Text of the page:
Medically Reviewed by Alan M. Blaker, MD
Using a non-invasive, quick CT scan, cardiologists can now determine your risk of a coronary event, like a heart attack. McLeod Cardiologist Alan Blaker, MD, describes how your risk can be measured:
Here’s a summary of Dr. Blaker’s remarks:
A calcium score test is a non-invasive method of determining the presence of coronary artery disease in someone without symptoms, but increased risk for coronary artery disease.
A calcium score is obtained from a CT scan. It is a very quick, painless test that only takes about five minutes. After the study, your score numbers are calculated and reported to your doctor.
Calcium scoring is a screening test for patients, who are at risk for coronary artery disease but not yet having any symptoms. The score indicates the amount of calcium in the arteries around your heart. This information is useful to alert people to modify risk factors.
We use the screening to test patients who are at intermediate risk for heart disease. That would be men aged 45-75 or women aged 55-75 with at least one additional risk factor. The risk factors include high blood pressure, diabetes, cigarette smoking, family history of heart disease or elevated cholesterol levels.
A calcium score can be useful for someone who is willing to adjust their lifestyle or risk factors if there is evidence for disease. Occasionally, it can be useful for someone with very atypical symptoms to know if there is any evidence for coronary disease being present. It doesn’t tell us the severity of a blockage, but it does indicate that there maybe be some blockages.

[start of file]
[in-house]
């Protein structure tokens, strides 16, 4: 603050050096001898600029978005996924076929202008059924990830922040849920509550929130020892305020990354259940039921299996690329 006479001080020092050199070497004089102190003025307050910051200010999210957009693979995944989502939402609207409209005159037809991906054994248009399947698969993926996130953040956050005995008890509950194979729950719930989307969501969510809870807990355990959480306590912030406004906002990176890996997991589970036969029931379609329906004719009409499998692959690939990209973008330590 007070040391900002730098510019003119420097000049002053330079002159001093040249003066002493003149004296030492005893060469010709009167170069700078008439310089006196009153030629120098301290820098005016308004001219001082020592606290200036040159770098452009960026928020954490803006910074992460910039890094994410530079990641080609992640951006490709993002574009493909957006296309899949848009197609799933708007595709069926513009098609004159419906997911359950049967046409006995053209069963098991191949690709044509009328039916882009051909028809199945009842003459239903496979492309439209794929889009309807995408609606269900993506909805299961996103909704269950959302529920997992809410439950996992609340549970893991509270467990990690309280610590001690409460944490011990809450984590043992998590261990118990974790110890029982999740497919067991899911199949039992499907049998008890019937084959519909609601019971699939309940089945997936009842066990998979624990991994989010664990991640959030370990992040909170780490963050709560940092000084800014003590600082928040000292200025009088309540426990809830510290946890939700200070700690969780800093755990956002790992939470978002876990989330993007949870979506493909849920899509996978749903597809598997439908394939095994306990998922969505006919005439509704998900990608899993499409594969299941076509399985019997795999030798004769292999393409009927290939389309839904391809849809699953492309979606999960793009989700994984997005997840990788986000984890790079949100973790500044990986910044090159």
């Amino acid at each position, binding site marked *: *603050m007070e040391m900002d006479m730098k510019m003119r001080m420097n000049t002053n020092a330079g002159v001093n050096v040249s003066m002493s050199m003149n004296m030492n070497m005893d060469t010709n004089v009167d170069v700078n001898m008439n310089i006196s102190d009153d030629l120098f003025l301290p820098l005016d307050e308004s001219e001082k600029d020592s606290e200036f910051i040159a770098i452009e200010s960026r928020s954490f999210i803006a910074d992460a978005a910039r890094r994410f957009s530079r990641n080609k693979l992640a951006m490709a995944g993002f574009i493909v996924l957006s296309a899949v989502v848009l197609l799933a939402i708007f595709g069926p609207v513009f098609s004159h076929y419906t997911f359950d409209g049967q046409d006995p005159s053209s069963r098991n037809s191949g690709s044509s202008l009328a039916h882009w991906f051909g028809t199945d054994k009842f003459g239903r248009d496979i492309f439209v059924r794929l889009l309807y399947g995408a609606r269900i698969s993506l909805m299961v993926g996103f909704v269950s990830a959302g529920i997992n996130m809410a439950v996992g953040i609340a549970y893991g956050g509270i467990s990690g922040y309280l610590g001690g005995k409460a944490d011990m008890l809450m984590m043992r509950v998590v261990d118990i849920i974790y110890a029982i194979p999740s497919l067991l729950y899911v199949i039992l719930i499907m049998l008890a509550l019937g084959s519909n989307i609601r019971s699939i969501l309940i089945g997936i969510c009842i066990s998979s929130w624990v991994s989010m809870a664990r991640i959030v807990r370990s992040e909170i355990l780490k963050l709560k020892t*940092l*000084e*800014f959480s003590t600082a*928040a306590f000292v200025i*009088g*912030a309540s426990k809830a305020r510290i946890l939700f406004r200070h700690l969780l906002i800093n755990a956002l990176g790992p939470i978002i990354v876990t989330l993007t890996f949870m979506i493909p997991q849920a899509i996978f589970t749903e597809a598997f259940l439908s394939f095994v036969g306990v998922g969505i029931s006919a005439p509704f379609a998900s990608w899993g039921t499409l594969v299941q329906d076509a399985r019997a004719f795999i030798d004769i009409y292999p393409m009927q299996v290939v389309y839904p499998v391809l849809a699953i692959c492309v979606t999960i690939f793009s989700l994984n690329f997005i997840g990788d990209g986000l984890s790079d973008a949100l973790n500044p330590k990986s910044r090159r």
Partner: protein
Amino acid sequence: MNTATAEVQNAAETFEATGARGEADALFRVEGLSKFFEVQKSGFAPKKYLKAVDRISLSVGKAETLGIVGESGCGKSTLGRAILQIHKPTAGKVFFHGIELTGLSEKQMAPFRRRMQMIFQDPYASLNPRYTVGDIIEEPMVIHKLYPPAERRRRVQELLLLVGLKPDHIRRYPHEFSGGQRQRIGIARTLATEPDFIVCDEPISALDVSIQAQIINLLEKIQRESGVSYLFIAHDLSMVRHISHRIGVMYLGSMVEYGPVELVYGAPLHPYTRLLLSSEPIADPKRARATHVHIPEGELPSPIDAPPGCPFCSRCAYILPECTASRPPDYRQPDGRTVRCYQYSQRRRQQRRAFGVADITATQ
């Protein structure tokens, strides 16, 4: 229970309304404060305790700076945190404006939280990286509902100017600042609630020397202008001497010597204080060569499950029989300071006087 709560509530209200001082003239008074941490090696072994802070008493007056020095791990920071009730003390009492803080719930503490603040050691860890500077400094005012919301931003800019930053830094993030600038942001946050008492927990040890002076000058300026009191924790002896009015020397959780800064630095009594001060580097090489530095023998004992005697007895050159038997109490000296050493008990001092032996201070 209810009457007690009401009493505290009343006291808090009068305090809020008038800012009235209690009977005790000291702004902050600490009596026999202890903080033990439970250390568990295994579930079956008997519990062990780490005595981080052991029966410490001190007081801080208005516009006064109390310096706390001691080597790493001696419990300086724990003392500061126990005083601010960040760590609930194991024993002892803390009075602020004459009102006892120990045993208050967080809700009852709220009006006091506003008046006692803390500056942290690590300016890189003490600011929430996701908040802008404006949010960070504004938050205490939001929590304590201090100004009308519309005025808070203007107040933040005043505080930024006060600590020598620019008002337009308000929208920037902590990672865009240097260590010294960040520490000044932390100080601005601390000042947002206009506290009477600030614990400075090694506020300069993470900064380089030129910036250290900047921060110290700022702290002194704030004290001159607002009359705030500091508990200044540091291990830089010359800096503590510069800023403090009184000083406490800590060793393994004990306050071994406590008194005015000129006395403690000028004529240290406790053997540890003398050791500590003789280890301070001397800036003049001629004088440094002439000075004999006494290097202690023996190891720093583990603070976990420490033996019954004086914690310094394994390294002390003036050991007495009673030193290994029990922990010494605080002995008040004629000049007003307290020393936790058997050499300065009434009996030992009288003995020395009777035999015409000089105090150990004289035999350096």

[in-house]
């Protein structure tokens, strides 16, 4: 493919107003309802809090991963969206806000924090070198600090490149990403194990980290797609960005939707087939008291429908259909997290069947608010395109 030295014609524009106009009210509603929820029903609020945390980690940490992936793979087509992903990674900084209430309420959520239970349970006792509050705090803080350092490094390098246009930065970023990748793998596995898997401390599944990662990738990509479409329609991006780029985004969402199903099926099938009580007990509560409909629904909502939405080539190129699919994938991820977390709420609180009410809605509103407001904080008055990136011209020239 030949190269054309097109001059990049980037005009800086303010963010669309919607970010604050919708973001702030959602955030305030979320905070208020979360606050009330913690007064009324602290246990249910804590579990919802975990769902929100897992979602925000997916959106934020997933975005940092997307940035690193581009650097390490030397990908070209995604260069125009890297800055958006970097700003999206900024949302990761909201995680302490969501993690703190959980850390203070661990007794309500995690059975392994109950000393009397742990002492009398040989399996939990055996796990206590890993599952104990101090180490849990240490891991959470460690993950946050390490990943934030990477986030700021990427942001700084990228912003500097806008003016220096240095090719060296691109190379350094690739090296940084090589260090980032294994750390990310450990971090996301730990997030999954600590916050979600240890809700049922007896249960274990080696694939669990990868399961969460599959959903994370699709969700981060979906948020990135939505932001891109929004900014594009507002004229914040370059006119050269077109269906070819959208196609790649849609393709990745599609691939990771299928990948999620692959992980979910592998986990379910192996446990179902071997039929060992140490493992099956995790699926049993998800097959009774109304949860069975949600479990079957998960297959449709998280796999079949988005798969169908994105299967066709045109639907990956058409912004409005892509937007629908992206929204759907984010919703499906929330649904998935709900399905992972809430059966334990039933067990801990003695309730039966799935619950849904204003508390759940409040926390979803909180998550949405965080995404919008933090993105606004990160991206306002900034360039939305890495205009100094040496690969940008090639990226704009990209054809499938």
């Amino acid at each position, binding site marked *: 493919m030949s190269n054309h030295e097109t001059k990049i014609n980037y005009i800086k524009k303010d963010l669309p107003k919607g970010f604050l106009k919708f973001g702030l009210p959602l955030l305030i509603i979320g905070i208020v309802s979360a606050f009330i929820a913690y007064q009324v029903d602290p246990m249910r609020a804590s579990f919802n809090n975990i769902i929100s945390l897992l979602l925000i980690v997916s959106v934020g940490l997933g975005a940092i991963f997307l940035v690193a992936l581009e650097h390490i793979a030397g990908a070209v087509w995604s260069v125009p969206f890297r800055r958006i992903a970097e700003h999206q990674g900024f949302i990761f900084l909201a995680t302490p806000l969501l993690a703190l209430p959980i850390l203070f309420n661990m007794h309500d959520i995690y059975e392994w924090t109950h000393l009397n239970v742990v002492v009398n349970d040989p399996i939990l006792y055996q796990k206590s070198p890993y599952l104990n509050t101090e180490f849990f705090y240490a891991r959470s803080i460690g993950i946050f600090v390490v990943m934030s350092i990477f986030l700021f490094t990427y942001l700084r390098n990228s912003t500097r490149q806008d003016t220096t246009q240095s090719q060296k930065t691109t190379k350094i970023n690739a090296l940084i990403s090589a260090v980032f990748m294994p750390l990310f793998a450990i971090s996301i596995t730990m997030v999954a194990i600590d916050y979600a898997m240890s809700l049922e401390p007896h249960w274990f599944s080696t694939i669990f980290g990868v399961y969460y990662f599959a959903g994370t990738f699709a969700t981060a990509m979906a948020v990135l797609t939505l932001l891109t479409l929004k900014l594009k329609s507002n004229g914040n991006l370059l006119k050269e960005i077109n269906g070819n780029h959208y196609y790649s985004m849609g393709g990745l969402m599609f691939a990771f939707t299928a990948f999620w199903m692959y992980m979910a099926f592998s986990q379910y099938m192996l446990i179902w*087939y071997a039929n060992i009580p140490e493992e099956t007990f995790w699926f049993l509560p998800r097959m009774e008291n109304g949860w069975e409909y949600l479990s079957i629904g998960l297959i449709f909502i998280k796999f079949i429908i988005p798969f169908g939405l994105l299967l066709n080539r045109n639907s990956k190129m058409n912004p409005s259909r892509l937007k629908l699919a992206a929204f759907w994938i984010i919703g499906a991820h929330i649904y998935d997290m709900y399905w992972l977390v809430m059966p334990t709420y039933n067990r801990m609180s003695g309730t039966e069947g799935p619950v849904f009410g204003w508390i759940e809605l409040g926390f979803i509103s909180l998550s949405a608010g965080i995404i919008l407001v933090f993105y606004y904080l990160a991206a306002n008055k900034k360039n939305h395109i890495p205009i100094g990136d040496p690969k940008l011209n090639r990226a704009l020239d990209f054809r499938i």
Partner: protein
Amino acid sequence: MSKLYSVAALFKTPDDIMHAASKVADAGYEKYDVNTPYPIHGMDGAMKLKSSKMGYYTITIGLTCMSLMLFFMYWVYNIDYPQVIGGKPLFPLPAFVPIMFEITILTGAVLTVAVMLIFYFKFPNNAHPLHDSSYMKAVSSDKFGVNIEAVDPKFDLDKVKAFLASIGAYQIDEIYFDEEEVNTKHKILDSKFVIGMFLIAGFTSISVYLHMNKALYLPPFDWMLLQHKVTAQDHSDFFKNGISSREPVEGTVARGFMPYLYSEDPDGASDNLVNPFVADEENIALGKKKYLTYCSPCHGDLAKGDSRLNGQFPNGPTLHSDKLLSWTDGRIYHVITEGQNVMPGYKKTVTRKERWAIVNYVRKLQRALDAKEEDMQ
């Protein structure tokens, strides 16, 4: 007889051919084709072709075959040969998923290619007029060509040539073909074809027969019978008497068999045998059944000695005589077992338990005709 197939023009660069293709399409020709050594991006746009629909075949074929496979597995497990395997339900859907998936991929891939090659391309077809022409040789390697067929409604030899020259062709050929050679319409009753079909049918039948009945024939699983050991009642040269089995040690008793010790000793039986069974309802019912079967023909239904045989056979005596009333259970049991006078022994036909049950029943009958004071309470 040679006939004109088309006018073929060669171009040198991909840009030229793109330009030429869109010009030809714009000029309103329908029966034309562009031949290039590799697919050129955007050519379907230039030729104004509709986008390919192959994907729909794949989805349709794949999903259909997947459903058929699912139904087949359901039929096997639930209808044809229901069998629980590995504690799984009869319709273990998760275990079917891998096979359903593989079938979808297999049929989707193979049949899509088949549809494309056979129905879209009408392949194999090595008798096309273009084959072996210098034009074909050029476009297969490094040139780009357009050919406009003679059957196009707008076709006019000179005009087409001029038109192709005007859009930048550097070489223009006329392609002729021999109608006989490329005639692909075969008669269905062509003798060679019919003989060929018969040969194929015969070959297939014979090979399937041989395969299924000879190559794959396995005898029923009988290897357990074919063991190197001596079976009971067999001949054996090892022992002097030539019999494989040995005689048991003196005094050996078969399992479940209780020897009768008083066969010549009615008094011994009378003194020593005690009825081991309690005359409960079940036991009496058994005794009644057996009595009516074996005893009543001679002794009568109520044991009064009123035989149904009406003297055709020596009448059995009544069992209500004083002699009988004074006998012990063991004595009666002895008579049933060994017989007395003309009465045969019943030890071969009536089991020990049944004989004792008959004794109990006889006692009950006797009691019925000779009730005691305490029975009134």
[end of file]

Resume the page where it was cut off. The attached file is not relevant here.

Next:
Calcium scores are based upon the amount of calcium build up around the heart. Zero is the lowest number and that, generally, indicates there’s no calcium build up and unlikely to have coronary disease. If the score is elevated, it’s an indication of some degree of blockage. If the score is over 400, it may indicate the need for further non- invasive testing, such as a stress test. If it’s between 0 and 400, those are lower levels but still indicate the presence of disease and the need for aggressive risk factor modification. Some people may even need low-dose aspirin therapy.
Calcium scoring information can be very useful to encourage a person to be more aggressive in modifying risk factors like diabetes, cholesterol management, and weight loss. Cigarette smoking should cease regardless of the result, because it can lead to heart disease, lung disease, cancer and stroke.